When a Black teacher and a white teacher evaluate the same Black student, the white teacher is about 30 percent less likely to predict the student will complete a four-year college degree, the study found. White teachers are also almost 40 percent less likely to expect their Black students will graduate high school.
Does this mean effective white teachers can’t teach Black children? The answer is clearly no, but being the very Divided States of America is not helping the situation either. Sigh…
The Fight For Education Justice Through Voting
As this mom prepares for 2018, I know I must strategically choose my battles because this is an election year. While I fight for equity and justice in education, I must help Black women, youth and independent voters with get out the vote efforts, especially among marginalized parents and voting age young people. Why? Because Martin Luther King Jr. said it best, “Our lives begin to end the day we become silent about things that matter.” And voting really really matters!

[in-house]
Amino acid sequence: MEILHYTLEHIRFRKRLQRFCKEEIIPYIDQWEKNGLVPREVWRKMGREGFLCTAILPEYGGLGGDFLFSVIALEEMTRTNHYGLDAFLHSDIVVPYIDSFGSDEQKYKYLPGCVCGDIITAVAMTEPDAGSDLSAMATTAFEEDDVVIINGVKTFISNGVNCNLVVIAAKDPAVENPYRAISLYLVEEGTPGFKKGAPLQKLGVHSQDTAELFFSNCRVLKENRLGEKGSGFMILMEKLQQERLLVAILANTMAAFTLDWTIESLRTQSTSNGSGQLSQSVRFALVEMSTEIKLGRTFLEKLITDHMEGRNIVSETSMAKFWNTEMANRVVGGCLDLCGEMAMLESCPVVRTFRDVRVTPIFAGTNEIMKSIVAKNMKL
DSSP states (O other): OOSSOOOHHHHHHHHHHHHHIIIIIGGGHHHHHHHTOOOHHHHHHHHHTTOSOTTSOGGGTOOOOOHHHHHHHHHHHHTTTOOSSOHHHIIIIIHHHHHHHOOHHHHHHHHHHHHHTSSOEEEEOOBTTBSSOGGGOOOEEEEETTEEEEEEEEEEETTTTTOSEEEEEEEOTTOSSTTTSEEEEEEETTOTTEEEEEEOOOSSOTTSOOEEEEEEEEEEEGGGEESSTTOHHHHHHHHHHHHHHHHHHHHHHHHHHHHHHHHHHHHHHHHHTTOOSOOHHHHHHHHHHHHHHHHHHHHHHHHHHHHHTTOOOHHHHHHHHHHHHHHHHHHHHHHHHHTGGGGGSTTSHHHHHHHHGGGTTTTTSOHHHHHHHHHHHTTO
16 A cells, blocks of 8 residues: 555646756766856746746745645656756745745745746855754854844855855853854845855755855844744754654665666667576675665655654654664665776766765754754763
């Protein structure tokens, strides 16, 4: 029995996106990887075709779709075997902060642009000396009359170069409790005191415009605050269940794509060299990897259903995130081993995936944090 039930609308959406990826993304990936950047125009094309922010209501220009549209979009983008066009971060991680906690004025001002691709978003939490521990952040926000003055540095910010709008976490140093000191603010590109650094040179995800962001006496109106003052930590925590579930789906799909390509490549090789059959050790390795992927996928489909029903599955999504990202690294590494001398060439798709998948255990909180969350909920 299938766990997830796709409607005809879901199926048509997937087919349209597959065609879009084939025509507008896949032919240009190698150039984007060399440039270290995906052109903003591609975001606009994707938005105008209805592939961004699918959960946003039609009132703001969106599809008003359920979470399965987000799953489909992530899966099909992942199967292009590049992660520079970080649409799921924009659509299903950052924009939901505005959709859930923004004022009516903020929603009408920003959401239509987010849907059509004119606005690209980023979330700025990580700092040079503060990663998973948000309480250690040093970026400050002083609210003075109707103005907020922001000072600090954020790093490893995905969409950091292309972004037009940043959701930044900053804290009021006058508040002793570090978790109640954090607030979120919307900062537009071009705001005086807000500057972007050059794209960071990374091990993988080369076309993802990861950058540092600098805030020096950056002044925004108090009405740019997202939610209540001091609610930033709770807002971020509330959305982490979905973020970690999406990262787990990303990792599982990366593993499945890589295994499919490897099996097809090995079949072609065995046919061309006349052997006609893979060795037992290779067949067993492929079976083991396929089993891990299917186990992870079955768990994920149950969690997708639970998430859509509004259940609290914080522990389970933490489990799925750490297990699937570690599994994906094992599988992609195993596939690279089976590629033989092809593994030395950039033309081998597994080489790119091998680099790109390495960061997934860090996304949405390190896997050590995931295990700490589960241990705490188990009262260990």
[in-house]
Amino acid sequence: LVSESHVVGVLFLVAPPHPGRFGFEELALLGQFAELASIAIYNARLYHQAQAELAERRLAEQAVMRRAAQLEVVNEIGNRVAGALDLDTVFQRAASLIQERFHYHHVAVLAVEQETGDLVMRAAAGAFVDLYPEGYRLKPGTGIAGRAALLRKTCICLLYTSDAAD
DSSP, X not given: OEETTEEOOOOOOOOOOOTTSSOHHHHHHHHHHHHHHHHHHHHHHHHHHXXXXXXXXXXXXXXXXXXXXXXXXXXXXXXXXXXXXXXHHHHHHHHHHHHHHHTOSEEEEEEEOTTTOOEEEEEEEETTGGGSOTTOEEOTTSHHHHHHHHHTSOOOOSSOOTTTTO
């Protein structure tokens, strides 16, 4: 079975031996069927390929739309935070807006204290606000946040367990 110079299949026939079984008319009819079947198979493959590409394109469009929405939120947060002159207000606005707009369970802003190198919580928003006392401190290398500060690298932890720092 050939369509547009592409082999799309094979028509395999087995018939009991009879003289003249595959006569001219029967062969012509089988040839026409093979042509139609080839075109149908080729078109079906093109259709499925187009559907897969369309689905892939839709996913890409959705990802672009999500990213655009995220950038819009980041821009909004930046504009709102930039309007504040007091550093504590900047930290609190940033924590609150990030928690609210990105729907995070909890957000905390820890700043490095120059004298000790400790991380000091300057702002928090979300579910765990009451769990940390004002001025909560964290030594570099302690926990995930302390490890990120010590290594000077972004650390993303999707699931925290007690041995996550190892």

We must learn to vote for the “people’s politician” as Shirley Chisholm once said versus the messy partisan “party politician.”
According to wikipedia.org:
The 2018 United States elections will mostly be held on Tuesday, November 6, 2018. These midterm elections will take place in the middle of Republican President Donald Trump’s term. All 435 seats in the United States House of Representatives and 33 of the 100 seats in the United States Senate will be contested. 39 state and territorial governorships and numerous other state and local elections will also be contested.
We, as Black, Brown, and poor parents, cannot sit on the sidelines, during election time and hope for the best because “hope is not a strategy.”
We must plan to act, fighting smarter not harder because Sun Tzu, the author of the Art of War said, “The art of war teaches us to rely not on the likelihood of the enemy’s not coming, but on our own readiness to receive him; not on the chance of his not attacking, but rather on the fact that we have made our position unassailable.”